Volume 70

doi: 10.4028/www.scientific.net/AST.70

Paper Title Page

Authors: Michel Rigaud
Abstract: FIRE has been incorporated as a non-profit organization in Canada, in May 2005. It is by now a network of professors, researchers and industrial partners, representing eight different universities spread in six different nations and eleven multinational companies, who have gathered, to undertake well-defined precompetitive research projects, and to train highly-qualified personnel for the industry. The evolution of the refractory education arena, in an economically globalized world, caught in a maelstrom of technical changes, is presented. The changes of paradigm from the “information age society” to the “crowdsourcing” in background, the FIRE realization are highlighted in such a context of “conceptual age society” are considered, with the concept of “coopetition”.
Authors: Francesca Mazzanti, Alida Brentari, Emiliano Burresi, Antonino Coglitore, Martino Labanti, Stefano Martelli, Claudio Mingazzini, Antonio Ricci, Sergio Sangiorgi, Matteo Scafè, Matteo Villa
Abstract: Alumina-mullite (AM) refractories are widely used as liners in gas turbines for power production, because of their peculiar properties, appropriate for the thermal insulation of combustion chambers, characterized by turbine inlet temperature around 1400 °C. The typical tiles are made with a mixture of alumina and mullite with different granulometries, including a coarse fraction. In this work the feasibility of recycling of ceramic wastes, which come from other industrial processes, into AM refractories was assessed. The effects of their addition on phase composition, microstructure and thermomechanical properties of AM refractories were investigated. MOR and Young’s modulus were determined at room temperature and up to 1500 °C by four point flexural tests; thermal shock resistance was evaluated by MOR measurements after quenching tests. The comparison with a typical AM refractory used as liners shows that thermomechanical properties and thermal shock resistance were not significantly compromised by ceramic waste additions up to 20%, and, on the contrary, were improved.
Authors: Jacek Szczerba
Abstract: The paper describes formation of the phases in magnesia-zirconia refractories due to reaction with the cement furnace charge in a form of pre-calcined meal or Portland clinker containing sulphur and chlorine in a different content at the temperature 1300°C and 1450°C. The studies were carried out by using the coating test. The microstructure changes of the contact zones between coating and the brick were studied by the scanning electron microscopy, SEM, coupled with EDS. The temperature dependence of reactivity the pre-calcined meal and Portland clinker in relation to the magnesia-zirconia bricks has been documented and discussed.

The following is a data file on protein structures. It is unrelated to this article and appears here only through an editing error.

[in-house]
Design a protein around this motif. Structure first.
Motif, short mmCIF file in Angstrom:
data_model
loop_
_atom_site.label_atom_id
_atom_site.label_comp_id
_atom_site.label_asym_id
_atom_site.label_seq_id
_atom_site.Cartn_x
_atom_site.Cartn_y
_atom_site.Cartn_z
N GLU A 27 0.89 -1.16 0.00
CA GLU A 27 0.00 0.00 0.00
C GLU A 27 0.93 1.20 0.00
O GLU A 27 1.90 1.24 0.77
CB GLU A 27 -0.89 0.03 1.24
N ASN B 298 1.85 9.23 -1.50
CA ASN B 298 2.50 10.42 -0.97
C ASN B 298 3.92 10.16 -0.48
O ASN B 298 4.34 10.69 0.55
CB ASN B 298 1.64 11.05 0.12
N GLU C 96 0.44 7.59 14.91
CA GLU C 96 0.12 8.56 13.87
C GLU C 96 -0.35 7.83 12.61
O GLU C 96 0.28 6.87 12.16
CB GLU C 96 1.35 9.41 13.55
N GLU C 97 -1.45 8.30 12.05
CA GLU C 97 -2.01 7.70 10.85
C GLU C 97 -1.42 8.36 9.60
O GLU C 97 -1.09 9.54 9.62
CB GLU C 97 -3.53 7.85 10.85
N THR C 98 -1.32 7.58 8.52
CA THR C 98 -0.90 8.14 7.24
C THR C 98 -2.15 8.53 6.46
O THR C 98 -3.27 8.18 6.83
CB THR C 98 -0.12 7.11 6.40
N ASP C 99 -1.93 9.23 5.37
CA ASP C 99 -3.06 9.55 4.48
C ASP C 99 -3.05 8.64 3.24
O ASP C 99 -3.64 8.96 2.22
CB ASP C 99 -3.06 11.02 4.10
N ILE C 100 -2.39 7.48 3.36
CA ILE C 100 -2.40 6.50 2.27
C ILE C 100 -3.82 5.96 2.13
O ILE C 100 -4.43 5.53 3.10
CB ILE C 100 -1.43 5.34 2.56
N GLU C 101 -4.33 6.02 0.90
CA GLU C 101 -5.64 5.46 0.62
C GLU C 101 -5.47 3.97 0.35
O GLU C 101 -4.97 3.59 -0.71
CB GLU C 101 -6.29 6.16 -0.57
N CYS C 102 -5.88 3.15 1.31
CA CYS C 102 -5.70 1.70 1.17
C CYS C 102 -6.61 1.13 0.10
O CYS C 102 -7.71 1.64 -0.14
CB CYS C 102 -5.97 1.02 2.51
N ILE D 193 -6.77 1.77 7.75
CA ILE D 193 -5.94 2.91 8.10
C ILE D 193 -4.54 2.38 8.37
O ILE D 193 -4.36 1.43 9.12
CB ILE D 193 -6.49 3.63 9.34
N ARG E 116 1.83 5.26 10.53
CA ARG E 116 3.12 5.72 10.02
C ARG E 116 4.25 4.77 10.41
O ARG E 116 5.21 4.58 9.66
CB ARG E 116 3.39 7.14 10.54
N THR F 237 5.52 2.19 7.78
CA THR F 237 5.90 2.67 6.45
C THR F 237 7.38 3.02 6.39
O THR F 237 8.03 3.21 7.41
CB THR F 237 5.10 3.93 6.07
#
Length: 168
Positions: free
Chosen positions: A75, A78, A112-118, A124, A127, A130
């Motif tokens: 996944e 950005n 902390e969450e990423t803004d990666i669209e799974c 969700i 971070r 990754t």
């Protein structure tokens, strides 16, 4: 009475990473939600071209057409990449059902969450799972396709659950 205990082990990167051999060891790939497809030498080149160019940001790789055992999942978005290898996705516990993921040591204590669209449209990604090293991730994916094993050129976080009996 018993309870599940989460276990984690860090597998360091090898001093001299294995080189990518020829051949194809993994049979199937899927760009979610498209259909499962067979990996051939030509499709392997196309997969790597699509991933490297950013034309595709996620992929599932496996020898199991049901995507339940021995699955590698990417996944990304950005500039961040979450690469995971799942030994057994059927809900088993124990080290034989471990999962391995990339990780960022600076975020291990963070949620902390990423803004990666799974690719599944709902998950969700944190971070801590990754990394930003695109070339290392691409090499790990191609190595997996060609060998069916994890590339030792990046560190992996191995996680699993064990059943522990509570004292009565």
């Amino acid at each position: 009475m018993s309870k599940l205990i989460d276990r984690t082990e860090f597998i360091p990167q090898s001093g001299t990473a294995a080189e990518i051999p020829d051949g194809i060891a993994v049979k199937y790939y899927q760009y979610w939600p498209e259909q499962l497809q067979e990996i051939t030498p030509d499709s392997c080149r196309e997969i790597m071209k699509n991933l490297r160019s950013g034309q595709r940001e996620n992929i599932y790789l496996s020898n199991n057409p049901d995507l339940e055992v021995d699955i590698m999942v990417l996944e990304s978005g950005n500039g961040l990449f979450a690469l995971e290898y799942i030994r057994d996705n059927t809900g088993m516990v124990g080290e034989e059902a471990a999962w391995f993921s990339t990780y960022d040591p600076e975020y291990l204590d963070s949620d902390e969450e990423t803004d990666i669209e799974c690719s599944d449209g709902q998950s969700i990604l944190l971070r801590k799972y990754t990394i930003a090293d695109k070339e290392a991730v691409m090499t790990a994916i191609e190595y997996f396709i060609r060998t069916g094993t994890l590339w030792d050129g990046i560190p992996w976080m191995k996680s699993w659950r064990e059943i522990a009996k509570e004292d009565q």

Authors: Xavier Buttol, Jean Pierre Erauw
Abstract: Refractories cover a wide range of products. With the aim to precisely describe the key product properties, end-users and refractory producers have progressively developed a common language: refractory standards. After a brief description of refractory standards history, and a synoptic overview of the present status, future prospects are illustrated by an example. The Belgian Ceramic Research Centre (BCRC) has recently launched a pre-normative research in the field of unshaped refractories. It focuses on robust methods to assess the workability and setting of hydraulically bonded unshaped products. Among the investigated methods, the so-called “exothermic profile” appears to have a high potential to become a standard for refractory producers or end-users.
Authors: Harald Harmuth
Abstract: The denomination ‘flexible’ is chosen in the professional jargon of refractories technology for materials able to bear relatively high strains without or with acceptable loss of strength. In many cases this term is equivalent to relatively low brittleness. Characterisation of brittleness based on fracture mechanical investigations may use figures of merit like brittleness numbers, a so called characteristic length or the R’’’’ parameter according to Hasselman. In many cases these figures show that brittleness reduction of refractories is achieved by decrease of strength with at the same time more or less unaffected specific fracture energy. Microscopic investigations of fracture paths aim to exhibit which peculiarities of crack microstructure enable this change of mechanical properties. A microscopical technique developed for this purpose separately evaluates the relative crack lengths along the grain/matrix interface, within the matrix and within the grain. Results obtained for several types of refractories show brittleness decrease is associated by an increase of the relative crack length along the grain/matrix interface and a decrease of transgranular fracture. Prefabricated microcracks and a relatively low grain/matrix bond strength may support this type of crack propagation.